TIA Blog


Security of a Reconverging Future

The world stops for a few days to delve into revolutionizing technologies at TIA’s Network of the Future conference. This year brings the potential of 5G, NFV, SDN, big data, internet of things and more under the spotlight. Security of evolving technology is a continuous process. Security is neither a product, service nor an isolated science. It belongs intermeshed with every one of these emerging technologies to ensure the protection of systems and high value information riding on them.

We are immersed in an ocean of electronic interconnectedness of technology, data and newfound intelligence.  The broadband wireless capabilities of LTE and 5G bring streaming multimedia to the network edge, into the palms of the consumer. Sensors previously limited to industrial automation are now implanted in everyday consumer electronics bringing “personal infrastructure” to life with the internet of things. Savvy smart cars promise to arrive on roads that rely on vehicular adhoc networks (VANETs) for intelligent traffic management and “infotained” travel experience.

Each new electronic presence can contribute to the mass of information gathered by big data platforms, and underlying it all the abandonment of discrete boxes for each network function, shifting to the agile world of virtualisation. The plethora of development at numerous layers (infrastructure, access, network, application) points to an era of yet another new convergence of systems and information. Security cannot afford to be an afterthought:

Big Data: With volume, velocity and variety streaming into the big data environment, it can become an attractive hot spot for security attacks. Typically designed to operate within trusted environments, big data platforms do not have advanced security natively built into them. The infrastructure, as well as data, both in storage and in transit, require thorough protection.

Network Function Virtualisation (NFV): While NFV continues to penetrate the market with CAGR of 51.6 percent over 2013-2018 [1], a corresponding security virtualisation is lagging uptake. In addition to traditional approaches to securing NFV which focuses on perimeter security, virtual appliances should be adequately configured to enhance security mechanisms which include managing interoperability with multiple hypervisors and high performance network appliances, and access controls among others.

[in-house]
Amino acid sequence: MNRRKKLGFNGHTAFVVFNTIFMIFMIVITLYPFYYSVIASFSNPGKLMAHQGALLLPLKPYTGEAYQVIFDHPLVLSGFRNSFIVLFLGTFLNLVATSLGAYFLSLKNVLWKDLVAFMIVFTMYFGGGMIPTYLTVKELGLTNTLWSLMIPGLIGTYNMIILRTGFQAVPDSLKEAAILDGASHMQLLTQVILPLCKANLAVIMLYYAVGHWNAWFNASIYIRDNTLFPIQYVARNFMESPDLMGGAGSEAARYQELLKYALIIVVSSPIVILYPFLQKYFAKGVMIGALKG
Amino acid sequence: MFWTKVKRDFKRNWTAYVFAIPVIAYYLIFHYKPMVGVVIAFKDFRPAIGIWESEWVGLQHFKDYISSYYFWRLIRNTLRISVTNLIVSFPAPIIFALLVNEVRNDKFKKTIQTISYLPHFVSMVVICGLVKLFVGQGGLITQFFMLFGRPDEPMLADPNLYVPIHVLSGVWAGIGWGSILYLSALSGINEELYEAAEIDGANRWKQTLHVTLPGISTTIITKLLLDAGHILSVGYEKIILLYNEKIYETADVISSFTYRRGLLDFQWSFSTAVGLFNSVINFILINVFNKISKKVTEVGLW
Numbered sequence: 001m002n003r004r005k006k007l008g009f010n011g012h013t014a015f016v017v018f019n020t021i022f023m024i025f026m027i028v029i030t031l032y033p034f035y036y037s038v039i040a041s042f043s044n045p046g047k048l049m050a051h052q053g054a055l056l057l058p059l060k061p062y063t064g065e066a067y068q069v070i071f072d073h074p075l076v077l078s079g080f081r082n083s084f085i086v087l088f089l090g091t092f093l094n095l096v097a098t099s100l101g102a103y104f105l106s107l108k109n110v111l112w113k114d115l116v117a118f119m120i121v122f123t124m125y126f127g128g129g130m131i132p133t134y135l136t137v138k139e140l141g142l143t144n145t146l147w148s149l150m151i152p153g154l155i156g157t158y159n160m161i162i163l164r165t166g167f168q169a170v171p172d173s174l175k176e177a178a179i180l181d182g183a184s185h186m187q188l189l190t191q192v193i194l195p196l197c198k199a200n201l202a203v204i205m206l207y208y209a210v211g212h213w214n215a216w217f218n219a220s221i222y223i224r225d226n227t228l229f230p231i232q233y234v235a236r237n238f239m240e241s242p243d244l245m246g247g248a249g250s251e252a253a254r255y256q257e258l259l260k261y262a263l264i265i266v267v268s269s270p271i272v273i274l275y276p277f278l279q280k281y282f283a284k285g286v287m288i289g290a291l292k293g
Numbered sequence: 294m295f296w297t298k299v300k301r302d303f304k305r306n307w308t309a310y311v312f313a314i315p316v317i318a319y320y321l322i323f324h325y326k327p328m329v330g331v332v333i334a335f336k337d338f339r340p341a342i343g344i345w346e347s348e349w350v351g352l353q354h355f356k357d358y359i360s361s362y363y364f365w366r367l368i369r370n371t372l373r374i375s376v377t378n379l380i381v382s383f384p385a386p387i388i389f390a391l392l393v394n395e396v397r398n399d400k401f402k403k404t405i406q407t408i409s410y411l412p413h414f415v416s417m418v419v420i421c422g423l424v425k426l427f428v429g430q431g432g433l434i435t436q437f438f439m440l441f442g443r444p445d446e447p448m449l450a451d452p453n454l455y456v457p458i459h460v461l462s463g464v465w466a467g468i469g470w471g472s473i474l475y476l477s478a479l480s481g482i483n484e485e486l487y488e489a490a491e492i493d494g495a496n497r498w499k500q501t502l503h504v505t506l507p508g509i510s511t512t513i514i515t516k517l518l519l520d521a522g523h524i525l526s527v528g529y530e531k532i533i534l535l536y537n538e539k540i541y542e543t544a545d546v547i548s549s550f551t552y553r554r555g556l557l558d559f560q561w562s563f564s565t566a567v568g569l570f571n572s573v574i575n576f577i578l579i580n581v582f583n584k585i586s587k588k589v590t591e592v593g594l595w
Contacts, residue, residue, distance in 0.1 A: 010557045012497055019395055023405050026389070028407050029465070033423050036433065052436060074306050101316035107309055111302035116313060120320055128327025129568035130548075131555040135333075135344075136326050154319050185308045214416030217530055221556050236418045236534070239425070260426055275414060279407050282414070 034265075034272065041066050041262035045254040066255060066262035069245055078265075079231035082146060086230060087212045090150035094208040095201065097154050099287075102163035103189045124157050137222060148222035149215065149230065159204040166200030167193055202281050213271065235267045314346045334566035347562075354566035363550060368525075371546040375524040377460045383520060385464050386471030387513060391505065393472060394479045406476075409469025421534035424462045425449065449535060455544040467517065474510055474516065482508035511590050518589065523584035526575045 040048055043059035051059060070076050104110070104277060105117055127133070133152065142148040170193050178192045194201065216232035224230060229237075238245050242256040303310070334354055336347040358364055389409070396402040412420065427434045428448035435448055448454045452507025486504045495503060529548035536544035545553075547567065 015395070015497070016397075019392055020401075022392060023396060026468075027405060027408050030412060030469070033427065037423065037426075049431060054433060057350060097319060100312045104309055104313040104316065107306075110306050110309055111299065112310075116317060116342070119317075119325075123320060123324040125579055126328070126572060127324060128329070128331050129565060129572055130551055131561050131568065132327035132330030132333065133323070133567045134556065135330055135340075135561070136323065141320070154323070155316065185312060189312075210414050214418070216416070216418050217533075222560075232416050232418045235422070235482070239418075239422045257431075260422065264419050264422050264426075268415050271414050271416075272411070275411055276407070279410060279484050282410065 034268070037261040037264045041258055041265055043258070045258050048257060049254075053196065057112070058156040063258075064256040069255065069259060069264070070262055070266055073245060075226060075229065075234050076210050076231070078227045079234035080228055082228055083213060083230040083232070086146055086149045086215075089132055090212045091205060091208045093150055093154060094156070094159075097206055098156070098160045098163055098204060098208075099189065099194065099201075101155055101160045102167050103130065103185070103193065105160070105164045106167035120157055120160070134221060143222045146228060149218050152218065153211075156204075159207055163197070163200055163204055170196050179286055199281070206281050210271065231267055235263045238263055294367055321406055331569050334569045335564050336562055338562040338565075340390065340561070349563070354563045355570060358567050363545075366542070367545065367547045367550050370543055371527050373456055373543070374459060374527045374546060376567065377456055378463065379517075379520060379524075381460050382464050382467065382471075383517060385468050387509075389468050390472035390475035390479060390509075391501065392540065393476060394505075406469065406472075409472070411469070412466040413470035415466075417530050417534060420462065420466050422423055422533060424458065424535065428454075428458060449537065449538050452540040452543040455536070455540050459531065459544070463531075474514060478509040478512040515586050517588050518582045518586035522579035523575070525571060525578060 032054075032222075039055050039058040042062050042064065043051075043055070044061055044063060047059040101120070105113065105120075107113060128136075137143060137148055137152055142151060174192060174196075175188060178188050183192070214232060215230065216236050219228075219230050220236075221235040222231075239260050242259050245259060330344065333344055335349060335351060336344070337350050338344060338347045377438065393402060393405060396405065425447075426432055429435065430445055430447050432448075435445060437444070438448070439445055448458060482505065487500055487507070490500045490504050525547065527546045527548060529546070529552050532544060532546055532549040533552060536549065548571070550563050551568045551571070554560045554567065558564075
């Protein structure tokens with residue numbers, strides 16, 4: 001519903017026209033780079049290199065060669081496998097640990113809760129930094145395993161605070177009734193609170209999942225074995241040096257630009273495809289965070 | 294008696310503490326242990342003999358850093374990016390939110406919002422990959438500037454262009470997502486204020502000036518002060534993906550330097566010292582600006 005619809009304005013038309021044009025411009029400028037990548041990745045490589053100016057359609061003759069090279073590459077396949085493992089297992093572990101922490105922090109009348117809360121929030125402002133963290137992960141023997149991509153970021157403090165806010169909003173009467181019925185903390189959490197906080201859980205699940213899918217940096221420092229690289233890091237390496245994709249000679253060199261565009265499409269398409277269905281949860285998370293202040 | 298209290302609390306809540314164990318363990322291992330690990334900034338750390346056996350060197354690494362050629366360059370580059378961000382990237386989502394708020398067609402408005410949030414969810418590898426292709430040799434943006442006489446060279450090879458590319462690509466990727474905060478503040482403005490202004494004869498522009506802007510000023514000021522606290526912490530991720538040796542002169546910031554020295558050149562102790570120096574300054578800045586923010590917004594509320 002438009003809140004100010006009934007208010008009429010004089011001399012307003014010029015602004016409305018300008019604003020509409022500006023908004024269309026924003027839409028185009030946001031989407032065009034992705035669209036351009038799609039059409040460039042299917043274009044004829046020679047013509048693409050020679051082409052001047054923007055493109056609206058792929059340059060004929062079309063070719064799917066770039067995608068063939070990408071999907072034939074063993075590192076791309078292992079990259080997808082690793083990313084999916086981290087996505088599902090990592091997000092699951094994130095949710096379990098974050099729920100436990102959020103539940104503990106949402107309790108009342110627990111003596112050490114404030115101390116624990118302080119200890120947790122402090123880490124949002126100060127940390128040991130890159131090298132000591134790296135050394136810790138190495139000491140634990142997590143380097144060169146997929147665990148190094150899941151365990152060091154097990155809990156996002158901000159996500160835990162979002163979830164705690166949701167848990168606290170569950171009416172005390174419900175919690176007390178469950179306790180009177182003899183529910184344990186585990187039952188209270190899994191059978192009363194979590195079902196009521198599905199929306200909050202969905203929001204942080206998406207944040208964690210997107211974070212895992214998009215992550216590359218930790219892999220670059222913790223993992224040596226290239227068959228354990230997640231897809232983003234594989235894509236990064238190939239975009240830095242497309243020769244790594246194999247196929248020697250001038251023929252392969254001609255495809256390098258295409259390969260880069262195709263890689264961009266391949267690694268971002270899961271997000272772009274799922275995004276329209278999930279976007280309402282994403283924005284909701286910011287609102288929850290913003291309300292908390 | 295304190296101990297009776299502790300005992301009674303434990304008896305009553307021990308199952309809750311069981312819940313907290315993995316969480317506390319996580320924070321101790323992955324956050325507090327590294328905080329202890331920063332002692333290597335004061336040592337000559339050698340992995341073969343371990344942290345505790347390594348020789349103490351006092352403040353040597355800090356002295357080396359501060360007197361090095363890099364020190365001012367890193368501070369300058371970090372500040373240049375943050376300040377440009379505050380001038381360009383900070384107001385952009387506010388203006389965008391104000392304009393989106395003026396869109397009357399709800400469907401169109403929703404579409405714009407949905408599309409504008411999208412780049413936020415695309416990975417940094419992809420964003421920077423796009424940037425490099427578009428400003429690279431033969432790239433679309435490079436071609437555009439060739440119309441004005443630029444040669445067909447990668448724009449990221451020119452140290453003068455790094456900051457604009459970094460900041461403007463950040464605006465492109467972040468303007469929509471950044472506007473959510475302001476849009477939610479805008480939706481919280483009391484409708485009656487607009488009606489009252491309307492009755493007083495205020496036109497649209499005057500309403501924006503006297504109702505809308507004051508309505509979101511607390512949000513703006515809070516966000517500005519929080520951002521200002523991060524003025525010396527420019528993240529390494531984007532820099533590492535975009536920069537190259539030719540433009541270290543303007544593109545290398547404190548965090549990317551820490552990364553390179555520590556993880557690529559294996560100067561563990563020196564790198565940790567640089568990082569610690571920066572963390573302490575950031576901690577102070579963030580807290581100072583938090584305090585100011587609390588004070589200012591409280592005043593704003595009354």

Internet of Things: As countless devices and sensors acquire IP addresses and start communicating on the public internet, this fledgling technology is vulnerable to end point tampering, signal interference, interception, attacks and exploits. Both critical infrastructure (power production, manufacturing etc.) as well as personal infrastructure (medical devices, home appliance controls, automobiles etc.) need to be carefully secured with adequate security measures in compliance with industry standards.

4G/5G: Broadband wireless has led to a massive explosion in the number of endpoints that need to be monitored and managed whilst protecting network assets and sensitive data. Increasing multimedia rich traffic requires advanced security solutions that are application aware. Geo-location tagging, an assortment of voice and web services and social media usage make the ill informed user’s privacy and security significantly more vulnerable.

Connected Cars: Vehicular networks require secure self identification to allow services as electronic licence plates, toll payment, localized traffic information, entertainment or remote repair diagnostics to be securely delivered to the vehicle. In addition, active peer to peer vehicular communication can be prone to malfunctioning nodes and false information. As a result, the users’ security and privacy requires strong authentication, authorization, confidentiality, integrity and non-repudiation. Advanced security is imperative.

As we run forth to embrace operational and functional efficiencies with technical conveniences, no magic bullet (at the time of this writing) has yet been conjured up to address security.  In fact, the cyber threatscape continues to be speckled with an unprecedented continuum of activity. As such, it behoves us to firmly integrate security into the Networks of our Future.

  • Security is an integral part of technology lifecycle (from day 0 design on)
  • Global Security Standards and its corresponding evolution in emerging technology is critical.


Daksha Bhasker, MS, MBA, CISM, has over a decade of experience in the telecommunications industry working in various roles including business intelligence, strategy planning, business management operations and controls.

For the past six years her role has encompassed SOx compliance, complex technical solutions and security risk management.

Daksha currently works with the network technology development team at Bell Canada.